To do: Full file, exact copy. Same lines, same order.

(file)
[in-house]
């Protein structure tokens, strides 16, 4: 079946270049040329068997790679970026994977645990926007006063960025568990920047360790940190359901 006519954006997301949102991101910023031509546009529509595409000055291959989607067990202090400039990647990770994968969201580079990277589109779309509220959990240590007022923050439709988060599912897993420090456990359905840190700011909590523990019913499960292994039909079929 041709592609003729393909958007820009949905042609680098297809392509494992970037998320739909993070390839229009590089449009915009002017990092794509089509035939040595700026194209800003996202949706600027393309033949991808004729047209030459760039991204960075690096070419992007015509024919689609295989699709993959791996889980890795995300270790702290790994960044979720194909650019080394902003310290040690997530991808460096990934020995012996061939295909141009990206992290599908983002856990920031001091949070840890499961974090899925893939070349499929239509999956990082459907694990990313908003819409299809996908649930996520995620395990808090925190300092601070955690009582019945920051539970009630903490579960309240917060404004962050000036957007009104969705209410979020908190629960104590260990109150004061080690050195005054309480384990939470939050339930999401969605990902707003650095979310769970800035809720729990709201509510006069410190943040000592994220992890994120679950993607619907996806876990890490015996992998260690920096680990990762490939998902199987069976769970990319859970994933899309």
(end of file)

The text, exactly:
[in-house]
């Protein structure tokens, strides 16, 4: 079946270049040329068997790679970026994977645990926007006063960025568990920047360790940190359901 006519954006997301949102991101910023031509546009529509595409000055291959989607067990202090400039990647990770994968969201580079990277589109779309509220959990240590007022923050439709988060599912897993420090456990359905840190700011909590523990019913499960292994039909079929 041709592609003729393909958007820009949905042609680098297809392509494992970037998320739909993070390839229009590089449009915009002017990092794509089509035939040595700026194209800003996202949706600027393309033949991808004729047209030459760039991204960075690096070419992007015509024919689609295989699709993959791996889980890795995300270790702290790994960044979720194909650019080394902003310290040690997530991808460096990934020995012996061939295909141009990206992290599908983002856990920031001091949070840890499961974090899925893939070349499929239509999956990082459907694990990313908003819409299809996908649930996520995620395990808090925190300092601070955690009582019945920051539970009630903490579960309240917060404004962050000036957007009104969705209410979020908190629960104590260990109150004061080690050195005054309480384990939470939050339930999401969605990902707003650095979310769970800035809720729990709201509510006069410190943040000592994220992890994120679950993607619907996806876990890490015996992998260690920096680990990762490939998902199987069976769970990319859970994933899309």